When I look back on the quantity I have written I am surprised at the facility with which I have advanced. I hope my success will not make me rash. I luckily recollect the object you had in view in requesting me to write to you. I cannot but be sensible of the danger I am running that even in your opinion my letter may not be deemed deserving of a place in your collection—you who are disposed to judge me leniently. You have involved me into a difficult situation. If I write I appear to advance a claim—if I refuse to write I am guilty of unkindness to one whom I greatly wish to oblige. In this choice of difficulties it is wise to chuse the least and therefore I lay my letter with due humility at your feet, with assurances of my regard and esteem.
Ever my dear young friend Yours truly
From Maria Edgeworth’s Letters to Her Family
Several passages from Maria Edgeworth’s letters to her family have been quoted in notes to these volumes, and some account of her relations with the Ricardos has been given in the introduction to the Correspondence.1 Of the following extracts, the first three are from letters which she wrote while she was on a visit to Gatcomb Park with her young sisters, Fanny and Harriet. These appeared originally in A Memoir of Maria Edgeworth, with a Selection from her Letters, ‘by the late Mrs Edgeworth’ (her stepmother), ‘Not Published’, London, 1867, vol. ii, pp. 150–55, from which they are here reprinted (the original MSS could not be found among the Edgeworth papers in the possession of Mrs H. J. Butler). They were also reproduced in vol. ii of the Life and Letters of Maria Edgeworth, ed. by Augustus J. C. Hare, London, 1894. The fourth is from a letter of 9 March 1822, which was published both in the Memoir and in the Life—with the omission of almost the whole of the passage given below. This was kindly supplied by the late Professor H. E. Butler from the MS in the possession of his mother; and part of it has since been published in the exhaustive enquiry into ‘The Wilkinson Head of Oliver Cromwell and its Relationship to Busts, Masks and Painted Portraits’ by Karl Pearson and G. M. Morant in Biometrika, December 1934, Vol. xxvi, p. 293.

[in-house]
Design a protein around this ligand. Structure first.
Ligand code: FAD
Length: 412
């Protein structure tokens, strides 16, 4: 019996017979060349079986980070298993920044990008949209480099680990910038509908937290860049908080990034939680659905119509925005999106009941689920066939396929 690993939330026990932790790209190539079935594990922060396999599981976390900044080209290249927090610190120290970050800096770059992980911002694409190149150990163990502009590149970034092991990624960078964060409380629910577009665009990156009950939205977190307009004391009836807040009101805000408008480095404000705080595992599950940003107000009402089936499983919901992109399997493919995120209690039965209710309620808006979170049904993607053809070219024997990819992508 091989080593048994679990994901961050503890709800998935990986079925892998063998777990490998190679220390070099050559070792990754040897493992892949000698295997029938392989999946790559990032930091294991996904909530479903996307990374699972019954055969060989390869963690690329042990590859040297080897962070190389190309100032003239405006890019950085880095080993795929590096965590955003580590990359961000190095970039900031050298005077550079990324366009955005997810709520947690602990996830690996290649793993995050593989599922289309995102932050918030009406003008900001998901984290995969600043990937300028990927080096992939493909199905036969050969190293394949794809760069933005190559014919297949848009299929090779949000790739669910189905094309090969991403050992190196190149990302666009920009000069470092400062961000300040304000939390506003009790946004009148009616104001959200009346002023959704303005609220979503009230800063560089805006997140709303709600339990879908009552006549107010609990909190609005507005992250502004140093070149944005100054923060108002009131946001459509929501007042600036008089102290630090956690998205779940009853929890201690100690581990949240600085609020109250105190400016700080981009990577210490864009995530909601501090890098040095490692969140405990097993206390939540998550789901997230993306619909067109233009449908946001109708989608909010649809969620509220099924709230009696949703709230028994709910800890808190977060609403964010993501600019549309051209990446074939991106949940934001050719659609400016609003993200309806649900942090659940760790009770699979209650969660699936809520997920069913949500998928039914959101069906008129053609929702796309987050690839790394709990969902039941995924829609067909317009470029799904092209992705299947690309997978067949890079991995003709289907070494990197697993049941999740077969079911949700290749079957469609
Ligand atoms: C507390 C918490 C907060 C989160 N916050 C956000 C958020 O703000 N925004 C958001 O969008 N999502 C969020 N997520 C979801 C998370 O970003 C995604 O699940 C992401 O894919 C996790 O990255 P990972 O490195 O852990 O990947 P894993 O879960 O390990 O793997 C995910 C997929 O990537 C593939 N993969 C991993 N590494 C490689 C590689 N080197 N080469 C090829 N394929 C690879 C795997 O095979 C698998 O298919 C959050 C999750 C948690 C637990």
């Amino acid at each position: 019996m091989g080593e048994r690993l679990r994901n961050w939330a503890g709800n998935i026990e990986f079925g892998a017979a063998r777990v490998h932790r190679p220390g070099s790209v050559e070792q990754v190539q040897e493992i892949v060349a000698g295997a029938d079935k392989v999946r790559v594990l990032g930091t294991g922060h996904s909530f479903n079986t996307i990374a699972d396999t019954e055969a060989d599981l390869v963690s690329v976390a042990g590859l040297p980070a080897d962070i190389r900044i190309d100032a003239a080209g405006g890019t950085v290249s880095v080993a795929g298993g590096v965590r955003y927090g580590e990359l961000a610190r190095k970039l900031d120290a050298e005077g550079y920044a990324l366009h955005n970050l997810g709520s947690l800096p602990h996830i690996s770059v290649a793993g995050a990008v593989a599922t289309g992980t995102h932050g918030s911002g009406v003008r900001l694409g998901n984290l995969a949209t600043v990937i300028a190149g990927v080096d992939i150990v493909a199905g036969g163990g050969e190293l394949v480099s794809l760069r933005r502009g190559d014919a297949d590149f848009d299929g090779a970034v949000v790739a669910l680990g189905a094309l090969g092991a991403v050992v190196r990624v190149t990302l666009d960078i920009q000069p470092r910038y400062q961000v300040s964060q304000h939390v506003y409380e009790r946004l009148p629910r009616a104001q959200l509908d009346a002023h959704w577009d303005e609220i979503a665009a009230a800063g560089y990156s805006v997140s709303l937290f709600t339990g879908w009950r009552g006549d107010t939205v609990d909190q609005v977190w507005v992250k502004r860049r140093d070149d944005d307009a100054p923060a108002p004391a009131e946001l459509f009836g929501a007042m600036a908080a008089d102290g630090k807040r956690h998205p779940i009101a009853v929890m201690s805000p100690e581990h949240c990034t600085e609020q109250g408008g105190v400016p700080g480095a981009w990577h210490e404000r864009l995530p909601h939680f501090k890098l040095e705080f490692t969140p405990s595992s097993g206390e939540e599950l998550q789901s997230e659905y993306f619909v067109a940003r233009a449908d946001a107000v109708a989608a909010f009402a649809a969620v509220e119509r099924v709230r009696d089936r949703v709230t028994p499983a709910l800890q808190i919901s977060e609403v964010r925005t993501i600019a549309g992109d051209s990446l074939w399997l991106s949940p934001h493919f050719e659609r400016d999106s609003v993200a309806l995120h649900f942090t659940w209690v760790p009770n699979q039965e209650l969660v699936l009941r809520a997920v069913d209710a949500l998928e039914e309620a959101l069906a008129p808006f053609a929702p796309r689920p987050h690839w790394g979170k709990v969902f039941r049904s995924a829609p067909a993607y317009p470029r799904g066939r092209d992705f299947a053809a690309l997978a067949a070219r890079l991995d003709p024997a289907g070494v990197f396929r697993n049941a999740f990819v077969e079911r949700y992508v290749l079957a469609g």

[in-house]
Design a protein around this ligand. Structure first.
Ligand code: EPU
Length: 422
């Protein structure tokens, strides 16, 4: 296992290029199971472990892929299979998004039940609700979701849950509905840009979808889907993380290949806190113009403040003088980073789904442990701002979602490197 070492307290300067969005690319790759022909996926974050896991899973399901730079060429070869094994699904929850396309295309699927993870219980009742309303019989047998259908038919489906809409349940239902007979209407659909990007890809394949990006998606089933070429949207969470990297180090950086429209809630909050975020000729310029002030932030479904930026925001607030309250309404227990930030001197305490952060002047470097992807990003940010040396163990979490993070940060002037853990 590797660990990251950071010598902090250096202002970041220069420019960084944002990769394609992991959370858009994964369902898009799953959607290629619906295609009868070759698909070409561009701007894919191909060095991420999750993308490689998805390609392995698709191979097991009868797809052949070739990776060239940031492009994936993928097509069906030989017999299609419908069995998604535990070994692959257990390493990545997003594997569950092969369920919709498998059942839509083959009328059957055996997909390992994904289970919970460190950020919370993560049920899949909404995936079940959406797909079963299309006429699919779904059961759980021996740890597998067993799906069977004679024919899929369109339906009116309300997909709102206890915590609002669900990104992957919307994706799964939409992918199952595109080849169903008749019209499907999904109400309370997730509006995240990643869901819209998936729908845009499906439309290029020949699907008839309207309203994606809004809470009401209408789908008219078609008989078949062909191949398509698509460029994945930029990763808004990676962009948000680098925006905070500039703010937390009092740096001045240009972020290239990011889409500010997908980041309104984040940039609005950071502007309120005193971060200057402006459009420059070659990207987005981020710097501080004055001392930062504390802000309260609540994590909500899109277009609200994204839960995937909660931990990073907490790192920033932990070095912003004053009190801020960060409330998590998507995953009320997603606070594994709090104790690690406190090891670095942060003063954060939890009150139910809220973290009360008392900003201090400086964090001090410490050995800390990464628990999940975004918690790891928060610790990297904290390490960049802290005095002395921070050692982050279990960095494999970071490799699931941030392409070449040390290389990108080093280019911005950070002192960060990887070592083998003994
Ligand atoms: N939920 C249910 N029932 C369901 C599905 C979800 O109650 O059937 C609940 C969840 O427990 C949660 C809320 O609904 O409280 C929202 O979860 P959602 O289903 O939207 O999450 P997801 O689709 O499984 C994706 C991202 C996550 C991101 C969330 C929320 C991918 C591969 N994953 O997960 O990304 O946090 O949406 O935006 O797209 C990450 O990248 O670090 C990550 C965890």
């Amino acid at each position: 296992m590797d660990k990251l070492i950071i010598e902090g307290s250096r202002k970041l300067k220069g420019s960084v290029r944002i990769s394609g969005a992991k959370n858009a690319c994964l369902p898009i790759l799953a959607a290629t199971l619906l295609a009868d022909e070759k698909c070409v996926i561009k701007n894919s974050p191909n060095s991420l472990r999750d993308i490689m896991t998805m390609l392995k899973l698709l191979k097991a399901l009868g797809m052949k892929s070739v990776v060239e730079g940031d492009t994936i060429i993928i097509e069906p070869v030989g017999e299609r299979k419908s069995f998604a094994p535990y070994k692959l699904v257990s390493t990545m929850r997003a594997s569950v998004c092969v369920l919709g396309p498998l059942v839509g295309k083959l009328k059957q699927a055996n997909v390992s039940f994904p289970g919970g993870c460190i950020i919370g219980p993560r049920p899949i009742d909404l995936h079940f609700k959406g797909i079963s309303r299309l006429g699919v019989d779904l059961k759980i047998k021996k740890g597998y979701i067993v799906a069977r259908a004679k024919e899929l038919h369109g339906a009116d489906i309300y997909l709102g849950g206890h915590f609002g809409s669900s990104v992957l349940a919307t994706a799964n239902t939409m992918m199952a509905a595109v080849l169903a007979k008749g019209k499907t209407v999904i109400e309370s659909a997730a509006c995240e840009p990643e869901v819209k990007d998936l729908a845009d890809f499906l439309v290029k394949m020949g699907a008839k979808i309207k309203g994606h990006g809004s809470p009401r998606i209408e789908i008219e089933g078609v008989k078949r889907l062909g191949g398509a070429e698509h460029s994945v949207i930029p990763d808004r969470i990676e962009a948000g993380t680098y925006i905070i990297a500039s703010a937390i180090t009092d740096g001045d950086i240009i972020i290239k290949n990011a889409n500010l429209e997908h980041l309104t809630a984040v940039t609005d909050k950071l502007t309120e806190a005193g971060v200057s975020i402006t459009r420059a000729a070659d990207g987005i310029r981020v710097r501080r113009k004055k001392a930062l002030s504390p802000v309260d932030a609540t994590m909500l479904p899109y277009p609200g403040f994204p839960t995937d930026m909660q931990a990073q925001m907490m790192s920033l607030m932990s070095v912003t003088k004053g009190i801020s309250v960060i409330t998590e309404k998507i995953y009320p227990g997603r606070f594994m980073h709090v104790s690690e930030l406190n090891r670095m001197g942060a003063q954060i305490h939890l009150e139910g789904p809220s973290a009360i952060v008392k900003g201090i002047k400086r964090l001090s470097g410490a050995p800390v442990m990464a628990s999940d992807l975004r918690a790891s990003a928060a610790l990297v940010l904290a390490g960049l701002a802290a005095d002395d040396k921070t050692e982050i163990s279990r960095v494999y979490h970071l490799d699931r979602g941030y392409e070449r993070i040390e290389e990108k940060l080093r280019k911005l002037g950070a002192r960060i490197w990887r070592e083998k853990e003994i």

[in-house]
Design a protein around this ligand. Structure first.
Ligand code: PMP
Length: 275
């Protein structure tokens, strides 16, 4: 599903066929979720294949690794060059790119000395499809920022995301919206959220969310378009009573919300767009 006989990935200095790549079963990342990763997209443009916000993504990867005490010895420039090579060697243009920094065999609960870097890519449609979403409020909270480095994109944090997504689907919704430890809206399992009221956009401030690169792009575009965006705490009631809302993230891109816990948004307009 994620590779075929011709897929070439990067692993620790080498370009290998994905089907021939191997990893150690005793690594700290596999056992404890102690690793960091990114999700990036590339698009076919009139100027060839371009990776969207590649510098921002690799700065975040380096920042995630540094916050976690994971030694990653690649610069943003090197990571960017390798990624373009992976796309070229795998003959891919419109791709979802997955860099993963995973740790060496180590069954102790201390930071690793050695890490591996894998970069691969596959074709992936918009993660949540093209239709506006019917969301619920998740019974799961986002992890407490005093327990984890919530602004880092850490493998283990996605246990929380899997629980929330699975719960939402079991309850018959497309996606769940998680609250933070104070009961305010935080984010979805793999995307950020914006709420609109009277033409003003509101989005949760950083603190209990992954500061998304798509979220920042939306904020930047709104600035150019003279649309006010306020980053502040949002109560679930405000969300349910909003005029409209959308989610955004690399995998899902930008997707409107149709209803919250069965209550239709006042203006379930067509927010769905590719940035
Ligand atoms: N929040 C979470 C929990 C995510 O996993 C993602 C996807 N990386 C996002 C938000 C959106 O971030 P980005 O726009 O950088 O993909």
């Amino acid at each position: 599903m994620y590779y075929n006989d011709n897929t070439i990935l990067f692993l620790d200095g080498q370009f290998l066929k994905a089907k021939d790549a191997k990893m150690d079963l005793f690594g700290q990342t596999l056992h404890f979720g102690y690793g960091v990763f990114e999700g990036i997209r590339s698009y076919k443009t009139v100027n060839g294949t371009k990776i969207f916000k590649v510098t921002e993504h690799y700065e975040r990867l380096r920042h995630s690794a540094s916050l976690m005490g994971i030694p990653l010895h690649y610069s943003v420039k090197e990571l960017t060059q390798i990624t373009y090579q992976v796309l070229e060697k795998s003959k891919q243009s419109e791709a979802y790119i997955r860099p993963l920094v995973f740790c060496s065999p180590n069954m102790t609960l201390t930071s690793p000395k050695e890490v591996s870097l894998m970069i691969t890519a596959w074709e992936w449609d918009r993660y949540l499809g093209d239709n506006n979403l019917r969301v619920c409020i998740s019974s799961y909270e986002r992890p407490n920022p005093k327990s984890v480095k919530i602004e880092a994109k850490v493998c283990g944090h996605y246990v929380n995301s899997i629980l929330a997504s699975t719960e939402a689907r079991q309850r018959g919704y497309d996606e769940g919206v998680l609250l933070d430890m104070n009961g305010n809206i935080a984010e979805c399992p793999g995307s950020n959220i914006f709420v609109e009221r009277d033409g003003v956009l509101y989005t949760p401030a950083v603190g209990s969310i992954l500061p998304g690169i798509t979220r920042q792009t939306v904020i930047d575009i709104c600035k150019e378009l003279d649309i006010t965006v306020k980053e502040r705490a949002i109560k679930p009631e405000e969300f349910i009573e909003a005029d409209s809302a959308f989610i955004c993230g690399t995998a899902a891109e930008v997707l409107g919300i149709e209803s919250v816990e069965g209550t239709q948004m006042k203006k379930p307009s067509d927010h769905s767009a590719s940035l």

Of the persons mentioned in the letters Pakenham and Lovell were Maria Edgeworth’s brothers, Honora her sister and Francis Beaufort her stepmother’s brother.
[1 ]A draft in Ricardo’s handwriting.
[1 ]18 April.
[2 ]Ricardo’s youngest son.
[1 ]Above, VI, xxxii.